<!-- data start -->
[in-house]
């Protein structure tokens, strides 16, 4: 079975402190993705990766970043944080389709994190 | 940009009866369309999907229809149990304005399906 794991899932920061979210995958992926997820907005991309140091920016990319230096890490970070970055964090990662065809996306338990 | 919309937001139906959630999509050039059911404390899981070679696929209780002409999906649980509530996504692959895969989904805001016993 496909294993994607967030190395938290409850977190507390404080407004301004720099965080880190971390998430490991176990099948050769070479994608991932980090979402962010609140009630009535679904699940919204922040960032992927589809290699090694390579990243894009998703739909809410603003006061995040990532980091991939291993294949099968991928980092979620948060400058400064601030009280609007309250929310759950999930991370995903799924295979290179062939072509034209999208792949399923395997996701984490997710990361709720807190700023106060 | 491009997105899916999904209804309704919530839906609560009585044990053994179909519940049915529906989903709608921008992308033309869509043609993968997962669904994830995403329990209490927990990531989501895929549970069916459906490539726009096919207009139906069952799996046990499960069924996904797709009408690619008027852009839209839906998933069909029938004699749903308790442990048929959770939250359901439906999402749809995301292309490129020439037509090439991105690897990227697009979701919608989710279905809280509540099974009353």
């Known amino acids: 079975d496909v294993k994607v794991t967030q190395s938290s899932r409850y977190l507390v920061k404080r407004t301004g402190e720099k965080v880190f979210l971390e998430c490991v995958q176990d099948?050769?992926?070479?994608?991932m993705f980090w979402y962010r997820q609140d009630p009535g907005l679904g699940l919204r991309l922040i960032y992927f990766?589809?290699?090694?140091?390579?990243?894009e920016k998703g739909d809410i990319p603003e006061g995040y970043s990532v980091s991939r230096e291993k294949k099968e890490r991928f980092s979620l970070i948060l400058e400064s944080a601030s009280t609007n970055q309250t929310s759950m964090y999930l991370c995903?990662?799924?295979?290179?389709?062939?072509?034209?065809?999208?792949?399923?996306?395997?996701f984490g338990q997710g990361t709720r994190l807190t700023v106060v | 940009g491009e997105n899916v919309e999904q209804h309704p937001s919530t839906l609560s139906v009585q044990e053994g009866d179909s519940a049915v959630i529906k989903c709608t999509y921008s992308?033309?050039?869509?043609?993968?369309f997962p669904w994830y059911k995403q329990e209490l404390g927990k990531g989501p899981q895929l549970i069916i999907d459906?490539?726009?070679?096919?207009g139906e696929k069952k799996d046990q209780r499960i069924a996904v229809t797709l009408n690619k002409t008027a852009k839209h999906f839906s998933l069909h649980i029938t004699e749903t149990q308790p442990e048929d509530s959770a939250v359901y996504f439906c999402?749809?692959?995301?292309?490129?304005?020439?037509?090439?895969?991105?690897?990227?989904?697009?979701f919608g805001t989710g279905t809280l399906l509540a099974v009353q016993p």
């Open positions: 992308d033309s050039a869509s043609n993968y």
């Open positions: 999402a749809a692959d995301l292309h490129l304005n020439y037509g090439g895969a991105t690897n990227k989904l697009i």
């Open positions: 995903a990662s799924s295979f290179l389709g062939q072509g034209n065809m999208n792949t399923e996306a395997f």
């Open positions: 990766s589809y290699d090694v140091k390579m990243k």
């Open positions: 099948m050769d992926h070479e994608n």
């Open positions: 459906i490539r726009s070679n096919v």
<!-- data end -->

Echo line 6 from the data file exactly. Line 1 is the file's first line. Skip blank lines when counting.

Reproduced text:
């Open positions: 995903a990662s799924s295979f290179l389709g062939q072509g034209n065809m999208n792949t399923e996306a395997f």